How to properly display small, high resolution images?

  • Hey all - I'm trying to display a bunch of very small high resolution images, and I'm confused.  They render perfectly well (full screen) in Preview or iPhoto, and yet when I do the standard

      NSImage* tempImage = [[NSImage alloc] initWithContentsOfFile:filename];
      NSSize newSize;

    //snip - just sets the dimensions of newSize properly
      NSImage *scaleImage = [[NSImage alloc] initWithSize:newSize];
      [scaleImage lockFocus];
      [[NSGraphicsContext currentContext] setImageInterpolation:NSImageInterpolationHigh];
      [tempImage drawInRect:NSMakeRect(0, 0, newSize.width, newSize.height) fromRect:NSZeroRect operation:NSCompositeSourceOver  fraction:1.0];
      [scaleImage unlockFocus];
      [scaleImage drawInRect:NSMakeRect(screenSize.width/2-newSize.width/2, screenSize.height/2-newSize.height/2, newSize.width, newSize.height) fromRect:NSZeroRect operation:NSCompositeSourceOver  fraction:1.0];

    , everything ends up horrendously pixellated.  The "actual" size of these images is tiny (like 150x150) and yet, as I said, they render in full screen perfectly well.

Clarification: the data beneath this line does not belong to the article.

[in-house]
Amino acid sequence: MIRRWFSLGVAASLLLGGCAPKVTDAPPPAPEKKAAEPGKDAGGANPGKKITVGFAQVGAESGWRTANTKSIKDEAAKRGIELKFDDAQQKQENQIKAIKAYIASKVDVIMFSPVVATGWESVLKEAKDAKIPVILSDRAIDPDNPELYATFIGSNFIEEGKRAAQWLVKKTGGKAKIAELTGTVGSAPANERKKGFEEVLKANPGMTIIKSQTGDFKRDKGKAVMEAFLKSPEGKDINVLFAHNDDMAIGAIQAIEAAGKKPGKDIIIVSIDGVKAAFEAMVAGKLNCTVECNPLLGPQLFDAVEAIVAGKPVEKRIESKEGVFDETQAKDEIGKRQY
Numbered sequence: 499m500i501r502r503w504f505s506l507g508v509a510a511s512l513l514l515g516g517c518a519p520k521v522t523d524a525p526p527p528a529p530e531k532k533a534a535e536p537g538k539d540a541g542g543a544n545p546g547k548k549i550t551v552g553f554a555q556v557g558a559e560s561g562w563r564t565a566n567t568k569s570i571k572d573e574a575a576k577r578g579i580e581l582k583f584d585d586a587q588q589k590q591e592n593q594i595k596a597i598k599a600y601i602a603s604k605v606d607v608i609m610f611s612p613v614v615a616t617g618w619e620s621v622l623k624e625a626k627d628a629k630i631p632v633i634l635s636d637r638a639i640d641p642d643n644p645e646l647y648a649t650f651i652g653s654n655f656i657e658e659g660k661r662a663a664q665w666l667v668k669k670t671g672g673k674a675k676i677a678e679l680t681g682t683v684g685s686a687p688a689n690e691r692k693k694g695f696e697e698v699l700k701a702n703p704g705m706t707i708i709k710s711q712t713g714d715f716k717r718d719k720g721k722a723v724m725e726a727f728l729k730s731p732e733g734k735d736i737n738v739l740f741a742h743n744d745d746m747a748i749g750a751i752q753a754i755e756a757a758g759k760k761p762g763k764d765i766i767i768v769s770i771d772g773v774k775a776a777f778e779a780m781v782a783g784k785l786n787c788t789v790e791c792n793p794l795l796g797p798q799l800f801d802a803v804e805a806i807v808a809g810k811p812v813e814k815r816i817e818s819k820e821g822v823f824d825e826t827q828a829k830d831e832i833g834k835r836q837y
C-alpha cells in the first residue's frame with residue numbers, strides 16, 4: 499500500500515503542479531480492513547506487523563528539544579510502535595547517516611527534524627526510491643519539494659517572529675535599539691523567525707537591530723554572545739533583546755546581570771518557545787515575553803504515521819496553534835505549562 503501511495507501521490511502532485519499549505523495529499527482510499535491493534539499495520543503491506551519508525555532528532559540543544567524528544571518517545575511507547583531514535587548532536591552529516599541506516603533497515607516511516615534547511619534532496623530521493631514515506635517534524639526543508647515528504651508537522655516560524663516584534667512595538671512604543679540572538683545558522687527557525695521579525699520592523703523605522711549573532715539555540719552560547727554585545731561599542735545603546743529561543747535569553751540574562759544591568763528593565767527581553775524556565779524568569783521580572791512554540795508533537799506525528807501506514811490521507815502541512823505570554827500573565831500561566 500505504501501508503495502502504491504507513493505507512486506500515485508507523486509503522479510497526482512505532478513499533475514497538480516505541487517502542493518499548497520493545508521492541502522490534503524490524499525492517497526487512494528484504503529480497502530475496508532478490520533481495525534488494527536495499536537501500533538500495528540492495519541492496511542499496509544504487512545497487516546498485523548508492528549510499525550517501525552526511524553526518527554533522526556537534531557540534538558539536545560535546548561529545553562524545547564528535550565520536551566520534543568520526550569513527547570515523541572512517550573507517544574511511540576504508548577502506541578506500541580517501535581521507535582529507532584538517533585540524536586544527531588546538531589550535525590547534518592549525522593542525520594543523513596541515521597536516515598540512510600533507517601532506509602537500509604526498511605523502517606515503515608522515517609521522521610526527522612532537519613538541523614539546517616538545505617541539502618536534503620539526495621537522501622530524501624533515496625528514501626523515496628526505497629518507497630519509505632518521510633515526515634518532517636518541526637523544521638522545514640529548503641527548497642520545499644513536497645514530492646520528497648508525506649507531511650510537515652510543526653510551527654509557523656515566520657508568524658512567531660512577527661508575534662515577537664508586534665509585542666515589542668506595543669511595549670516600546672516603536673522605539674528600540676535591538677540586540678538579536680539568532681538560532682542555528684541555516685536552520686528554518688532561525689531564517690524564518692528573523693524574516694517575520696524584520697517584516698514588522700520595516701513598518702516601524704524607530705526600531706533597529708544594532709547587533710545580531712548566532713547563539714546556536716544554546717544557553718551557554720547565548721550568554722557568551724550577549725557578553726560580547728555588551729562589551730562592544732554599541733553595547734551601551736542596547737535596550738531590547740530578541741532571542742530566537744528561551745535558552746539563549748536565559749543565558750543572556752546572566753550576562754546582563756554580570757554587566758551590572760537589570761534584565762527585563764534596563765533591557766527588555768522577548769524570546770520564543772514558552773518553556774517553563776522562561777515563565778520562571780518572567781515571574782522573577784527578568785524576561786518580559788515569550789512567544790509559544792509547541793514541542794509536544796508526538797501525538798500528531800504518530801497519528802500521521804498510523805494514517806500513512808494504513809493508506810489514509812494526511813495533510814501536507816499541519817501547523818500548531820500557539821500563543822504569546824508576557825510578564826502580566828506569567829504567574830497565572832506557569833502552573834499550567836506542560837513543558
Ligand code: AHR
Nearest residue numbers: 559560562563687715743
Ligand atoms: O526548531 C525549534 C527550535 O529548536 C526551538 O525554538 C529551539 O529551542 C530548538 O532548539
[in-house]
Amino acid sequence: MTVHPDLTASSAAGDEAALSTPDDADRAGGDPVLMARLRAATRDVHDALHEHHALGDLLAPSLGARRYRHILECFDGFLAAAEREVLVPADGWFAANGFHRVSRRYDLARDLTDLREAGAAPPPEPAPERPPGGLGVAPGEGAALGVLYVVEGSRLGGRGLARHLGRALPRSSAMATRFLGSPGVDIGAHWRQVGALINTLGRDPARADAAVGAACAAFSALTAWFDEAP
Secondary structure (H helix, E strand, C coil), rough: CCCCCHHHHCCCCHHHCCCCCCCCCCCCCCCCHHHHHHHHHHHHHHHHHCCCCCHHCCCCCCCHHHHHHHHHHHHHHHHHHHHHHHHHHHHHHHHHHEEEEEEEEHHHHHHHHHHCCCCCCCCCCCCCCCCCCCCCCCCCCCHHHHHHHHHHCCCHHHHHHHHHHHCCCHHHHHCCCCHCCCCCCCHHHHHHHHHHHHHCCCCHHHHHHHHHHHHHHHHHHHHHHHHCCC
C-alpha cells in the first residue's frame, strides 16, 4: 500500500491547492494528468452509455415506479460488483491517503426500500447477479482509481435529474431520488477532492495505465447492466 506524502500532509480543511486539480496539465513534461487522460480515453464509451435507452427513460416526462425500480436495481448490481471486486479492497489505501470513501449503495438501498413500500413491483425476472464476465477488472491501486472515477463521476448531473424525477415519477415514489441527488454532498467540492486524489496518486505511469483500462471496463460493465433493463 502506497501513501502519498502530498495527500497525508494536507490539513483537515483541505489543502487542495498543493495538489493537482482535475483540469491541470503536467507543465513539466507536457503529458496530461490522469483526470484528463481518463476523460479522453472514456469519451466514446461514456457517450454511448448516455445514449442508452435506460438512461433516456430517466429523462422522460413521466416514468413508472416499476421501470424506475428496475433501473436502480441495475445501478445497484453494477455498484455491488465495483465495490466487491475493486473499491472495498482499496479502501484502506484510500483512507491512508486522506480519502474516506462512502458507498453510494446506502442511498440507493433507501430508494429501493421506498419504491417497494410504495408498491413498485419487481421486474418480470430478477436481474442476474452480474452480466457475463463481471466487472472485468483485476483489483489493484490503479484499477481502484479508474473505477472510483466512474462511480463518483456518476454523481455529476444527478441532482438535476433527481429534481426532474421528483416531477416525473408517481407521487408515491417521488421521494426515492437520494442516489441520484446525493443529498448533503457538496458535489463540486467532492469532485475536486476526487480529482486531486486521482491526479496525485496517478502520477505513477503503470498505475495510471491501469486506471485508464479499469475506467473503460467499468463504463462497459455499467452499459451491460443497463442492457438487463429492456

I also tried "NSImageInterpolationNone" on a lark - no luck.  Can anyone give me a hint?

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  • On Dec 15, 2007, at 1:33 PM, that guy wrote:

    > Hey all - I'm trying to display a bunch of very small high
    > resolution images, and I'm confused.  They render perfectly well
    > (full screen) in Preview or iPhoto, and yet when I do the standard
    >
    > NSImage* tempImage = [[NSImage alloc]
    > initWithContentsOfFile:filename];
    > NSSize newSize;
    >
    > //snip - just sets the dimensions of newSize properly
    > NSImage *scaleImage = [[NSImage alloc] initWithSize:newSize];
    > [scaleImage lockFocus];
    > [[NSGraphicsContext currentContext]
    > setImageInterpolation:NSImageInterpolationHigh];
    > [tempImage drawInRect:NSMakeRect(0, 0, newSize.width,
    > newSize.height) fromRect:NSZeroRect operation:NSCompositeSourceOver
    > fraction:1.0];
    > [scaleImage unlockFocus];
    > [scaleImage drawInRect:NSMakeRect(screenSize.width/2-newSize.width/
    > 2, screenSize.height/2-newSize.height/2, newSize.width,
    > newSize.height) fromRect:NSZeroRect operation:NSCompositeSourceOver
    > fraction:1.0];
    >
    > , everything ends up horrendously pixellated.  The "actual" size of
    > these images is tiny (like 150x150) and yet, as I said, they render
    > in full screen perfectly well.
    >
    > I also tried "NSImageInterpolationNone" on a lark - no luck.  Can
    > anyone give me a hint?
    >

    The problem is that with high resolution images, NSImage's size will
    return the size in points (72/inch), which is where I'm guessing you